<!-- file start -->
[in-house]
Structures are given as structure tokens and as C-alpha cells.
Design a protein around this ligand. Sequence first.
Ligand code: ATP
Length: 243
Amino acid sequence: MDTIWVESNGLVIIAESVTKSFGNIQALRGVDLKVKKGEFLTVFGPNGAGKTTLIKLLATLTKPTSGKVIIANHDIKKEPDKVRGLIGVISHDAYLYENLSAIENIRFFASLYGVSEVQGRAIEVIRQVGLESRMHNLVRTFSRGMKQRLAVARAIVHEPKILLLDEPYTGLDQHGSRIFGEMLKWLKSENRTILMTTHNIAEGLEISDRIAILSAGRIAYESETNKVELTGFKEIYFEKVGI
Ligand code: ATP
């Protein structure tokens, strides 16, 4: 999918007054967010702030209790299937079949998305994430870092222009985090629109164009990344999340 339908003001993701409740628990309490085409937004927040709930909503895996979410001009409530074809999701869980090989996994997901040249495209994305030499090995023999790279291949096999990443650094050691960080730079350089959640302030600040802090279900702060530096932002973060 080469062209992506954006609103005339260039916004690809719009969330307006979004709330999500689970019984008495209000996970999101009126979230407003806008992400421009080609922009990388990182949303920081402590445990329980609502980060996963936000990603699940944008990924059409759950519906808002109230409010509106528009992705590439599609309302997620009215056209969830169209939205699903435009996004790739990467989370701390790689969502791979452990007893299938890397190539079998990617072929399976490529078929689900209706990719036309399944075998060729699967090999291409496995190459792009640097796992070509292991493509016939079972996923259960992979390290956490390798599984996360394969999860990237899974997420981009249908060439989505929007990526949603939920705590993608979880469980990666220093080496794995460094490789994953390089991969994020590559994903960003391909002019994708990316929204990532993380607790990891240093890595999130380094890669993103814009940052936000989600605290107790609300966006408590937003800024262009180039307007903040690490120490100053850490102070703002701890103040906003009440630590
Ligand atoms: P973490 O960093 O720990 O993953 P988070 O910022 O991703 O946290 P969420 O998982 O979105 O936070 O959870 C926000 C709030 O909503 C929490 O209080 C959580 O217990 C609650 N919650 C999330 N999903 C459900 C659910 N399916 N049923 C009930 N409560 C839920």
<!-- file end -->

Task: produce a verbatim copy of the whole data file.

[in-house]
Structures are given as structure tokens and as C-alpha cells.
Design a protein around this ligand. Sequence first.
Ligand code: ATP
Length: 243
Amino acid sequence: MDTIWVESNGLVIIAESVTKSFGNIQALRGVDLKVKKGEFLTVFGPNGAGKTTLIKLLATLTKPTSGKVIIANHDIKKEPDKVRGLIGVISHDAYLYENLSAIENIRFFASLYGVSEVQGRAIEVIRQVGLESRMHNLVRTFSRGMKQRLAVARAIVHEPKILLLDEPYTGLDQHGSRIFGEMLKWLKSENRTILMTTHNIAEGLEISDRIAILSAGRIAYESETNKVELTGFKEIYFEKVGI
Ligand code: ATP
């Protein structure tokens, strides 16, 4: 999918007054967010702030209790299937079949998305994430870092222009985090629109164009990344999340 339908003001993701409740628990309490085409937004927040709930909503895996979410001009409530074809999701869980090989996994997901040249495209994305030499090995023999790279291949096999990443650094050691960080730079350089959640302030600040802090279900702060530096932002973060 080469062209992506954006609103005339260039916004690809719009969330307006979004709330999500689970019984008495209000996970999101009126979230407003806008992400421009080609922009990388990182949303920081402590445990329980609502980060996963936000990603699940944008990924059409759950519906808002109230409010509106528009992705590439599609309302997620009215056209969830169209939205699903435009996004790739990467989370701390790689969502791979452990007893299938890397190539079998990617072929399976490529078929689900209706990719036309399944075998060729699967090999291409496995190459792009640097796992070509292991493509016939079972996923259960992979390290956490390798599984996360394969999860990237899974997420981009249908060439989505929007990526949603939920705590993608979880469980990666220093080496794995460094490789994953390089991969994020590559994903960003391909002019994708990316929204990532993380607790990891240093890595999130380094890669993103814009940052936000989600605290107790609300966006408590937003800024262009180039307007903040690490120490100053850490102070703002701890103040906003009440630590
Ligand atoms: P973490 O960093 O720990 O993953 P988070 O910022 O991703 O946290 P969420 O998982 O979105 O936070 O959870 C926000 C709030 O909503 C929490 O209080 C959580 O217990 C609650 N919650 C999330 N999903 C459900 C659910 N399916 N049923 C009930 N409560 C839920």